Infantry Drills

4-20: Mission Command

Previous: Section II: Planning Considerations

4-20. Stability tasks tend to be decentralized in nature, over extended distances. As such, Infantry unit activities will consist largely of independent small-unit operations conducted across an assigned area of operation. Units must conduct these operations with consistency, impartiality, and discipline to encourage cooperation from unified action partners for a cohesive effort.

4-21. Stability tasks, more so than offensive and defensive tasks, present a unique challenge. Where offense and defense typically focuses on the defeat of an enemy force, stability focuses on the people. In setting the tone for planning, the Infantry leader provides—

  • Understanding.
  • The intent and planning guidance.
  • Concept of operation.

4-22. The platoon leader must clearly understand mission, situation, commander’s intent and he must ensure his subordinate units understand as well. He must plan for continuous operations, and, as with offense and defense, planning and preparation time is often limited. The plan must facilitate adjustment based upon changes in the situation. Additional considerations and activities include:

  • Civil-military operations (CMO).
  • Civil affairs operations.
  • Military information support operations (MISO).
  • Rules of engagement. (Refer to chapter 1, section I of this publication for more information.)
  • Rules of interaction, which include:
    • Persuasion.
    • Negotiation.
    • Communication skills.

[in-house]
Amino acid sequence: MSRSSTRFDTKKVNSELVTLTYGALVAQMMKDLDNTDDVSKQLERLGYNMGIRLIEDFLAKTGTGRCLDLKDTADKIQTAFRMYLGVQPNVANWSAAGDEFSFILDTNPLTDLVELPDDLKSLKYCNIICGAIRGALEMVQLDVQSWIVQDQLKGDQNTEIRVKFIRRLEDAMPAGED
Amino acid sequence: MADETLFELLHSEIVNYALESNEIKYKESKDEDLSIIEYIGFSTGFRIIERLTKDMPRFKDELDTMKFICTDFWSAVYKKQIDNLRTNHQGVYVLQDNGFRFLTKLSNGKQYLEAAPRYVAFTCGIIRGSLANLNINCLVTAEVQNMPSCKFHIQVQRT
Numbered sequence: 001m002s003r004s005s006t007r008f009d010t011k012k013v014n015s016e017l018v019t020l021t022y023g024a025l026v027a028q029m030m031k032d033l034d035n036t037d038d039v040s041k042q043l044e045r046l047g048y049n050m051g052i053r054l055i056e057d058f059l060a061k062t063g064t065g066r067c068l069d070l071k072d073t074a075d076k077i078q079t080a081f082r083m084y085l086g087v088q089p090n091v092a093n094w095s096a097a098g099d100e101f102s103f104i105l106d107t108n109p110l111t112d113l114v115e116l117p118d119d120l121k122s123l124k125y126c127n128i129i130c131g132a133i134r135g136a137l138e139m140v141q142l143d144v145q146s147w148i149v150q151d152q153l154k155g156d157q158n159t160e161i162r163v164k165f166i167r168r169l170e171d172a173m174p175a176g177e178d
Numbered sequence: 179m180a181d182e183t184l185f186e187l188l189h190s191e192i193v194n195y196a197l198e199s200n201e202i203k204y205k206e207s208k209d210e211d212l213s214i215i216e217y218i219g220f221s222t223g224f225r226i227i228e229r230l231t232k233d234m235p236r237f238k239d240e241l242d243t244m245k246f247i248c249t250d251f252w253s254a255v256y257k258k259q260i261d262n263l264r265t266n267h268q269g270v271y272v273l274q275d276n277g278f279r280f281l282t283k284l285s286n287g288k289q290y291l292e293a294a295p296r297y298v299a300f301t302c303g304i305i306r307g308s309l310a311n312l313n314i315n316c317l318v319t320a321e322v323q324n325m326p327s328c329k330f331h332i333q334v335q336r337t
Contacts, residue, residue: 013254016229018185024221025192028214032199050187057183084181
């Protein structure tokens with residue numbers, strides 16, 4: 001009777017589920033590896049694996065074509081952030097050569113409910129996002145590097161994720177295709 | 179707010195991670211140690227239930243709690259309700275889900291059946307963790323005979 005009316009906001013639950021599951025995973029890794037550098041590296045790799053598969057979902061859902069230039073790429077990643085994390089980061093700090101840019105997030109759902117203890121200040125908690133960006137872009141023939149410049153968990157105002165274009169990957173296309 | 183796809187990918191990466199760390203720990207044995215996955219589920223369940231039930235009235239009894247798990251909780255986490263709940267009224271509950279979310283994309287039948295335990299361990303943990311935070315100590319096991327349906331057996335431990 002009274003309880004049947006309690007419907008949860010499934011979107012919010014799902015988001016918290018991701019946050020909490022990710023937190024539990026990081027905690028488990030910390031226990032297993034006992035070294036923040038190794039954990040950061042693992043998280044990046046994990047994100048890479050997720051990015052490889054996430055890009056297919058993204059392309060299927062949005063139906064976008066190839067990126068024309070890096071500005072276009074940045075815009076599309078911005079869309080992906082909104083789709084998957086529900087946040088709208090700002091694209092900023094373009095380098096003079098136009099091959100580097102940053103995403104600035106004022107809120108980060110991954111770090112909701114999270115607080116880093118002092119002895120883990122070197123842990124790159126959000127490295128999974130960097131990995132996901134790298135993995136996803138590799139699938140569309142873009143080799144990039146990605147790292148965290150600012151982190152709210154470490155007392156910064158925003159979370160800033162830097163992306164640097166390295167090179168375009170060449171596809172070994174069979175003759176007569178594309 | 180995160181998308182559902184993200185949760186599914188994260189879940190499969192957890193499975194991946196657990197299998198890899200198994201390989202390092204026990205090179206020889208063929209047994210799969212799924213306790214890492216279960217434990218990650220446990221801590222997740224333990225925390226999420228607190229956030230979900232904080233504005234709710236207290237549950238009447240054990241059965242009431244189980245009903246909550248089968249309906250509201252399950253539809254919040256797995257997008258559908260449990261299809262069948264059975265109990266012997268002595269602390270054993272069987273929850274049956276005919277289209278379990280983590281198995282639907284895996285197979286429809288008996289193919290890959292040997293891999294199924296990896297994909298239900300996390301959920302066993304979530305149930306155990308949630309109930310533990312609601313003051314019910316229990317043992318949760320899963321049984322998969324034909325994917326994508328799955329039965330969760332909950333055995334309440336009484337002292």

• Task organization, which includes:
    • Augmentation. Required individual augmentees and augmentation cells to support force-tailoring requirements and personnel shortfalls. Augmentation supports coordination with the media, government agencies, nongovernmental organizations, international organizations, other multinational forces, and civil-military elements. Analyses of METT-TC drive augmentation.
    • Liaison. Task-organized small liaison teams to deal with situations that develop with the local population. Depending the situation requirements, unit ministry, engineers, MISO, civil affairs, counterintelligence, linguistics, and logistics personnel may be task-organized to make up these liaison teams. These teams can free up maneuver elements (may require security from platoon) and facilitate negotiation. Negotiation teams must have linguists and the personnel who have the authority to negotiate.
    • Operations with outside agencies. Includes other U.S. armed services or government agencies as well as international organizations (including nongovernmental organizations, coalition, and United Nation military forces or agencies). Coordination and integration of civilian and military activities must take place at every level. Coordinating centers such as the civil-military operations center are designed to accomplish this task. These operations centers should include representatives from as many agencies as required.
  • Media. Soldiers must be aware of current media reports from about the area and be willing to work with journalists in efforts to promote good relationship and combat false information. Involvement with media should be coordinated under public affairs guidance.

Next: 4-23: Importance of Understanding Culture

Go Back To: U.S. Army FM 3-21.8: The Infantry Rifle Platoon and Squad